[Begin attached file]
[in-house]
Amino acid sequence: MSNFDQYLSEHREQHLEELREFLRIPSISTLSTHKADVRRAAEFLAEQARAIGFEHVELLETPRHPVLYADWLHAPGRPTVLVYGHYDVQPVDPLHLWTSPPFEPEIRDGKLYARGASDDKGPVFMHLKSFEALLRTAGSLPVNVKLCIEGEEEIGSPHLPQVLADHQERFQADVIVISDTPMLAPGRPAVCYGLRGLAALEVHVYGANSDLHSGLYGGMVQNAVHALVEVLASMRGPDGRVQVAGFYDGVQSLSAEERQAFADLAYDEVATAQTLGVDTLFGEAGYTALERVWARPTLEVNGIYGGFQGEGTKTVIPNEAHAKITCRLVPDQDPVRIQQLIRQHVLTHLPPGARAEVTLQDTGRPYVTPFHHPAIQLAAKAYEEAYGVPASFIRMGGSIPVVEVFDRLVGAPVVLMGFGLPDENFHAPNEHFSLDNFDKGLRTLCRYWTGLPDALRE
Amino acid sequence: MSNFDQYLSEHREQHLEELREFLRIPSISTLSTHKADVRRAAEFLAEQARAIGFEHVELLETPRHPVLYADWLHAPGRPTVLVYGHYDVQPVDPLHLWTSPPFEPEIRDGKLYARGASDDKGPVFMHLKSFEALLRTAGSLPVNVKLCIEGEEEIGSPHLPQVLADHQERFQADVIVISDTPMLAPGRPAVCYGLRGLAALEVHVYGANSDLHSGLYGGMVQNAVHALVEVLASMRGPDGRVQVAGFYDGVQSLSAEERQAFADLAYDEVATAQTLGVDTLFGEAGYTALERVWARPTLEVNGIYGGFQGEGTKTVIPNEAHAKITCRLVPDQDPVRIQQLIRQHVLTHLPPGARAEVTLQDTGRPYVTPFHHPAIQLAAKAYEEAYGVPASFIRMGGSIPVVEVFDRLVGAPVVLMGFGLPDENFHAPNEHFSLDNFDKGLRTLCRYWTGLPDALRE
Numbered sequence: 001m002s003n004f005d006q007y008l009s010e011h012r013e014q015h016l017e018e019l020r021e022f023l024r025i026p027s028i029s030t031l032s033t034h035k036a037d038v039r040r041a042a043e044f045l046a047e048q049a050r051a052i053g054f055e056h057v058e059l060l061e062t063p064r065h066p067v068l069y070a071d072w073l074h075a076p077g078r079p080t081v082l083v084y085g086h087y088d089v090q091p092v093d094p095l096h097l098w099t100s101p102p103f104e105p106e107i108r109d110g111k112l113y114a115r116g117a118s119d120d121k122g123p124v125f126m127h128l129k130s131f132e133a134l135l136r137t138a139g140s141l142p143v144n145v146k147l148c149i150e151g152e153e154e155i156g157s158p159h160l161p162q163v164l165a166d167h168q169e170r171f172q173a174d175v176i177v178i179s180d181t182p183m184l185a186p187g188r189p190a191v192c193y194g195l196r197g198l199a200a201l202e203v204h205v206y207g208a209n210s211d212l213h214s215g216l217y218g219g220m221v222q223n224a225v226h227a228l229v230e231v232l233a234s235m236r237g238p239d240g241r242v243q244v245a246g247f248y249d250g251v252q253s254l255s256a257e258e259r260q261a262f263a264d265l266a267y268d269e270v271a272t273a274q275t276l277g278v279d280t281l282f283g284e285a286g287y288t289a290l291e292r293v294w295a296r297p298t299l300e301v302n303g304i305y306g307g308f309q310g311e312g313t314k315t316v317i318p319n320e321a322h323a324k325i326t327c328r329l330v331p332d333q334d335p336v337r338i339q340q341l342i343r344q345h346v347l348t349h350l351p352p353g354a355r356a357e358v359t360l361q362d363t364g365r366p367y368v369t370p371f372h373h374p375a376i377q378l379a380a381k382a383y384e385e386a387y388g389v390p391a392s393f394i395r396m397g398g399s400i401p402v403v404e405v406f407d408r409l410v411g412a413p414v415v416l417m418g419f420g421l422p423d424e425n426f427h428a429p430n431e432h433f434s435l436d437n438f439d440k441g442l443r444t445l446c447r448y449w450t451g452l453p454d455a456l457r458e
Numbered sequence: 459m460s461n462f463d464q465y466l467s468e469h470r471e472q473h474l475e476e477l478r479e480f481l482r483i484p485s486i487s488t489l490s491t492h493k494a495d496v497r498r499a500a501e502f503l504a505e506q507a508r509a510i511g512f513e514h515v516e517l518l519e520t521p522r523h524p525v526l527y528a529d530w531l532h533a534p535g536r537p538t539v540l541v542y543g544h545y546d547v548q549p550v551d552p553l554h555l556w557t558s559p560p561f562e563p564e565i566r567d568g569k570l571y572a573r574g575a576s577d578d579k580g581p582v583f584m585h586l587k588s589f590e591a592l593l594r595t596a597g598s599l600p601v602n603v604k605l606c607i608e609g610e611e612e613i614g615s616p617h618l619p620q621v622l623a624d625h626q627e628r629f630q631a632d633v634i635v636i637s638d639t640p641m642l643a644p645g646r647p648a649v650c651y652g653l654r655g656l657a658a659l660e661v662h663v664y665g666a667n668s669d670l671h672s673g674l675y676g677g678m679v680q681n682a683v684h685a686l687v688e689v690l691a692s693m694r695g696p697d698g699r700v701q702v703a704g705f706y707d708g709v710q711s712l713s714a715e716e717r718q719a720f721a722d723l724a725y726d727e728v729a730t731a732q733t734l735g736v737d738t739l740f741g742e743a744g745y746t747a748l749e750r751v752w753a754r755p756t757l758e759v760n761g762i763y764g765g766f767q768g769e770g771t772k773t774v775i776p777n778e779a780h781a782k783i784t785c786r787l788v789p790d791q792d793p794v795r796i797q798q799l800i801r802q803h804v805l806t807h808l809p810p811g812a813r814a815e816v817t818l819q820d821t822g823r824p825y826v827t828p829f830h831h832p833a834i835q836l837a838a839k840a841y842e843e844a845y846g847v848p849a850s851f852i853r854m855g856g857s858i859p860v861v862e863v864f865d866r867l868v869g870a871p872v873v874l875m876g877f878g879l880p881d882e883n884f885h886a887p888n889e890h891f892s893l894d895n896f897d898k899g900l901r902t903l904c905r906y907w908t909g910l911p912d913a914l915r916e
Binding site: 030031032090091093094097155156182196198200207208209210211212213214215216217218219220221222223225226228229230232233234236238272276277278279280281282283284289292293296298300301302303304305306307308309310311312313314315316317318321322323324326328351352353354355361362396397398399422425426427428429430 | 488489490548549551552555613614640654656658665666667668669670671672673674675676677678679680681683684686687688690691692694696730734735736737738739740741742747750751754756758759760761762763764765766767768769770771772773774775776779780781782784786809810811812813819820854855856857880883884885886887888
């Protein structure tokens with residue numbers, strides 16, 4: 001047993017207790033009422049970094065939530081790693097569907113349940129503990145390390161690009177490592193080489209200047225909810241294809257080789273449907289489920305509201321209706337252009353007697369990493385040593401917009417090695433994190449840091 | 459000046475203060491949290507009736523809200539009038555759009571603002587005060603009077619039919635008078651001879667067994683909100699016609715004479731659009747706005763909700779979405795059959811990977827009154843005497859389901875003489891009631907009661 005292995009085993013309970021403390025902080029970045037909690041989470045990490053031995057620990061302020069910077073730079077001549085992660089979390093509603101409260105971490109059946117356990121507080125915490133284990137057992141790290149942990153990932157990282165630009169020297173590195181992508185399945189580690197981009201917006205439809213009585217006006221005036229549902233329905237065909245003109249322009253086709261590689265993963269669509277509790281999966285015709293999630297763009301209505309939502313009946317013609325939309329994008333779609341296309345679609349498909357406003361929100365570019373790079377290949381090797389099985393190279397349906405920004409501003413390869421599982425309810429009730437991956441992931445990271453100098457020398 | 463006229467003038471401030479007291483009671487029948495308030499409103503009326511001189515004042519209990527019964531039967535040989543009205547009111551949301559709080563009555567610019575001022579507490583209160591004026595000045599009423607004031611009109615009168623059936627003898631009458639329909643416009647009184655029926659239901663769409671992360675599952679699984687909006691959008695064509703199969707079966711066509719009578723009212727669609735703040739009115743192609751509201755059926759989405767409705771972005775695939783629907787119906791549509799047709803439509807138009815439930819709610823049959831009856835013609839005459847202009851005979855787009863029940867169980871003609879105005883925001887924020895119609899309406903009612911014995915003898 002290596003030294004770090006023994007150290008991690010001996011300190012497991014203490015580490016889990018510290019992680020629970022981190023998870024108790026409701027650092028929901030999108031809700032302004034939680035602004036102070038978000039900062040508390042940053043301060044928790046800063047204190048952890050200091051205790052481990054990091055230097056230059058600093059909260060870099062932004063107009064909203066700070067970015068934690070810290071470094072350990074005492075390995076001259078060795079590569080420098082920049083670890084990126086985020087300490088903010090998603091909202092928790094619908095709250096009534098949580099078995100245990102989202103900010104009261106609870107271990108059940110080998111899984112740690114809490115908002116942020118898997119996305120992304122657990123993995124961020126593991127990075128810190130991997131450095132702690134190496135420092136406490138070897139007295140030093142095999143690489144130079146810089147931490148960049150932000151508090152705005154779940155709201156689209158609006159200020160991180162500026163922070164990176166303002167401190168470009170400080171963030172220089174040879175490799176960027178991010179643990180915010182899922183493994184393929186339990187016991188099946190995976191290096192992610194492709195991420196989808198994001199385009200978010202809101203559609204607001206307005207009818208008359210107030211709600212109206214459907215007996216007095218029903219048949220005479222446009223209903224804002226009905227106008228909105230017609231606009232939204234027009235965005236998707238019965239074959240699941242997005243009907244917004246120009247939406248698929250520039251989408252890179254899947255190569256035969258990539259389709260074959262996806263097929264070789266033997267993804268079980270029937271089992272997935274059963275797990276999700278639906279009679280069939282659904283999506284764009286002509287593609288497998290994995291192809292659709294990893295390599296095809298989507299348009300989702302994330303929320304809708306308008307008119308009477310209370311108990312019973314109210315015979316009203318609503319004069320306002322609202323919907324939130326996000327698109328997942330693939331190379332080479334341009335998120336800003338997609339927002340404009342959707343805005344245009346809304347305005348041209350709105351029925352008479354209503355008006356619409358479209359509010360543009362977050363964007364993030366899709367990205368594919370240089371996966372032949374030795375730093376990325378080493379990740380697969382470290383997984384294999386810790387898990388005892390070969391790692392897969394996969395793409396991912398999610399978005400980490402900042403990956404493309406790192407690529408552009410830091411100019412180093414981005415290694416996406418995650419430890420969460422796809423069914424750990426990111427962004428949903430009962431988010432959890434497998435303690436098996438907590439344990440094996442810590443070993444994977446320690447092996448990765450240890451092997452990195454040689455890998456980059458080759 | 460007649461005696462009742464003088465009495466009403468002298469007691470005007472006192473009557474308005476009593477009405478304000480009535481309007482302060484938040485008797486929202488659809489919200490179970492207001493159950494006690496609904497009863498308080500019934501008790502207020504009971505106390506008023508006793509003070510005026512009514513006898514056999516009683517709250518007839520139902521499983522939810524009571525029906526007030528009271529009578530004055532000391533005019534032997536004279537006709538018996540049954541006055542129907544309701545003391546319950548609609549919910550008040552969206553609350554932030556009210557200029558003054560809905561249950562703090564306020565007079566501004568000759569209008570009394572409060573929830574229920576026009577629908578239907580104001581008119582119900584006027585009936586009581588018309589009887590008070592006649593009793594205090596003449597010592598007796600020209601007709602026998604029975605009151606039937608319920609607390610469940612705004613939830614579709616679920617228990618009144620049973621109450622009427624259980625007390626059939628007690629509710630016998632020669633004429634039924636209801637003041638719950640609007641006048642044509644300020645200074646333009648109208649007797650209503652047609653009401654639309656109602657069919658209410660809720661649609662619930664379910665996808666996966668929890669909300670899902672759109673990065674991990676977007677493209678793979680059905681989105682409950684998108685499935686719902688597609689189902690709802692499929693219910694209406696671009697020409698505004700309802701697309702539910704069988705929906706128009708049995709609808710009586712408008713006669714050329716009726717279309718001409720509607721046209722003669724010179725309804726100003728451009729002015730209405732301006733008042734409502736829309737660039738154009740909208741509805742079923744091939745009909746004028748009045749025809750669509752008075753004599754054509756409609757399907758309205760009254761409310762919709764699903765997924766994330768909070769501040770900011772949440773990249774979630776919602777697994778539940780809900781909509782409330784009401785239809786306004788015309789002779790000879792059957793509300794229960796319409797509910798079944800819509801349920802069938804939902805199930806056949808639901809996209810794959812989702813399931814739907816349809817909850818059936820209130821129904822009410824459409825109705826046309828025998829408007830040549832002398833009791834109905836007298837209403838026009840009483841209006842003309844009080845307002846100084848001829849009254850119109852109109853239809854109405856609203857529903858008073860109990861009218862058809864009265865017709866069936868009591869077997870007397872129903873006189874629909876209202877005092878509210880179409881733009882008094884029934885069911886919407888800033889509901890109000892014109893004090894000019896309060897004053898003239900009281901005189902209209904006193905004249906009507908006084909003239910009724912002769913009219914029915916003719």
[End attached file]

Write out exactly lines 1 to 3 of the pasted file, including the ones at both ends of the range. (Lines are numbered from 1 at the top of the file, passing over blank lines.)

[in-house]
Amino acid sequence: MSNFDQYLSEHREQHLEELREFLRIPSISTLSTHKADVRRAAEFLAEQARAIGFEHVELLETPRHPVLYADWLHAPGRPTVLVYGHYDVQPVDPLHLWTSPPFEPEIRDGKLYARGASDDKGPVFMHLKSFEALLRTAGSLPVNVKLCIEGEEEIGSPHLPQVLADHQERFQADVIVISDTPMLAPGRPAVCYGLRGLAALEVHVYGANSDLHSGLYGGMVQNAVHALVEVLASMRGPDGRVQVAGFYDGVQSLSAEERQAFADLAYDEVATAQTLGVDTLFGEAGYTALERVWARPTLEVNGIYGGFQGEGTKTVIPNEAHAKITCRLVPDQDPVRIQQLIRQHVLTHLPPGARAEVTLQDTGRPYVTPFHHPAIQLAAKAYEEAYGVPASFIRMGGSIPVVEVFDRLVGAPVVLMGFGLPDENFHAPNEHFSLDNFDKGLRTLCRYWTGLPDALRE
Amino acid sequence: MSNFDQYLSEHREQHLEELREFLRIPSISTLSTHKADVRRAAEFLAEQARAIGFEHVELLETPRHPVLYADWLHAPGRPTVLVYGHYDVQPVDPLHLWTSPPFEPEIRDGKLYARGASDDKGPVFMHLKSFEALLRTAGSLPVNVKLCIEGEEEIGSPHLPQVLADHQERFQADVIVISDTPMLAPGRPAVCYGLRGLAALEVHVYGANSDLHSGLYGGMVQNAVHALVEVLASMRGPDGRVQVAGFYDGVQSLSAEERQAFADLAYDEVATAQTLGVDTLFGEAGYTALERVWARPTLEVNGIYGGFQGEGTKTVIPNEAHAKITCRLVPDQDPVRIQQLIRQHVLTHLPPGARAEVTLQDTGRPYVTPFHHPAIQLAAKAYEEAYGVPASFIRMGGSIPVVEVFDRLVGAPVVLMGFGLPDENFHAPNEHFSLDNFDKGLRTLCRYWTGLPDALRE